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A colorful artwork that resembles a painted composition but is made out of a variety of objects
Kevin Beasley, Slab (Site/Picked a Constellation), 2017. House dresses, kaftans, t-shirts, socks, du-rags, cotton, soil, bandanas, altered garments, altered fitted caps, resin, 78 3/4 × 80 × 3 inches (200 × 203.2 × 7.6 cm). © Kevin Beasley, courtesy of the artist and Casey Kaplan Gallery.
The Hill Art Foundation is a public exhibition and education space that presents rotating exhibitions and ongoing arts education programs. Opened in 2019 in a custom-built 7,700 square-foot space in New York’s Chelsea neighborhood, the Foundation is free and open to the public. Exhibitions include works on loan from the Hill Collection, as well as collaborative projects with leading artists, collections, and institutions. The Foundation was founded by J. Tomilson and Janine Hill, collectors and philanthropists based in New York.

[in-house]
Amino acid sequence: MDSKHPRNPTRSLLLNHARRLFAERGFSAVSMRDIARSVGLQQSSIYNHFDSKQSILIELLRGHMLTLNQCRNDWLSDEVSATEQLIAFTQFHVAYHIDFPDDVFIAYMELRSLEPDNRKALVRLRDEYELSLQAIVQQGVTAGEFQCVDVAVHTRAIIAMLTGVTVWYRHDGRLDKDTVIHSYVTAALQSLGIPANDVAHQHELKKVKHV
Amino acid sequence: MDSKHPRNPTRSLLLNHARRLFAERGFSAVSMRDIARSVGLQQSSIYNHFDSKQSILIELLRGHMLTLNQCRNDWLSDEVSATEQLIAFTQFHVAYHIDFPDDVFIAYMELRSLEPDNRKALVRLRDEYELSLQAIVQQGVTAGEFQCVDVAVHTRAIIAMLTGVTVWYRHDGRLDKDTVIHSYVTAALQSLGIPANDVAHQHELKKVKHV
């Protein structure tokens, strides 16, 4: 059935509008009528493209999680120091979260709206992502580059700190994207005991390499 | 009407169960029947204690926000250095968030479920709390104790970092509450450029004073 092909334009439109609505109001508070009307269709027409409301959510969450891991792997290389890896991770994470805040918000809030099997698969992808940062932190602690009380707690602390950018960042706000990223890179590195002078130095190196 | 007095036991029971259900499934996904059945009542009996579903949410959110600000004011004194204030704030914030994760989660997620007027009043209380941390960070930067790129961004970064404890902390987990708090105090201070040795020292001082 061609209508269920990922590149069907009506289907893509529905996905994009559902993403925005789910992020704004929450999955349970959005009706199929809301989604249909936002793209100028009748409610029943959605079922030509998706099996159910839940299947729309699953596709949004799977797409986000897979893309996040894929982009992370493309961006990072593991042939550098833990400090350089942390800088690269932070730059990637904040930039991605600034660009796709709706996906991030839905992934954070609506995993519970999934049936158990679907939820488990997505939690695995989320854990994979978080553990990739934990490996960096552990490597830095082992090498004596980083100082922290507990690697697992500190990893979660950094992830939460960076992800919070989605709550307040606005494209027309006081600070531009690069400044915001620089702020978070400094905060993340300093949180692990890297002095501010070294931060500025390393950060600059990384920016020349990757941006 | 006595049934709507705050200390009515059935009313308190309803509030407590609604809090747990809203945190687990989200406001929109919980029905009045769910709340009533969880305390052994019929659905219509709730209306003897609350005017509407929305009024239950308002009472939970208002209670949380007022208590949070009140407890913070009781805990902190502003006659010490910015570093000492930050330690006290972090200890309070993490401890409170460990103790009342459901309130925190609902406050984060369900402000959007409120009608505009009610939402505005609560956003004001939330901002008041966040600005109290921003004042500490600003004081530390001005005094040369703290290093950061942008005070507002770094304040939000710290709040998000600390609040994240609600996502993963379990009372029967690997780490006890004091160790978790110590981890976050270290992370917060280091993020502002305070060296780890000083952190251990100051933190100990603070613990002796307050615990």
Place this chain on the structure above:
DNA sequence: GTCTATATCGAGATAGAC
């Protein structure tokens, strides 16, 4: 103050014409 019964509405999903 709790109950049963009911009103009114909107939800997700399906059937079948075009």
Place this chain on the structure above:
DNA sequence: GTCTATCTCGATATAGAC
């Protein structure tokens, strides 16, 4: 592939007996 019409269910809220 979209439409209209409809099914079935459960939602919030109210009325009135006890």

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Right now, a wide-ranging curation culled from Tajima’s recent series is on view in “Super Natural” a recent exhibition at Hill Art Foundation in New York (through July 26). At the heart of the show is new work in Tajima’s “Negative Entropy” series of woven paintings. This ongoing series of works employs segments of auditory spectrograms, which Tajima crops in on and assigns colors. The textiles are produced with a textile lab in the Netherlands, one of the only facilities with looms large enough to bring Tajima’s visions to large-scale reality. In “Super Natural” Tajima debuts her largest work in the series to date, entitled Negative Entropy (Inscape, Breathing Exercise, Full Width, Burgundy, Hex) (2024).

Katie White, Artnet
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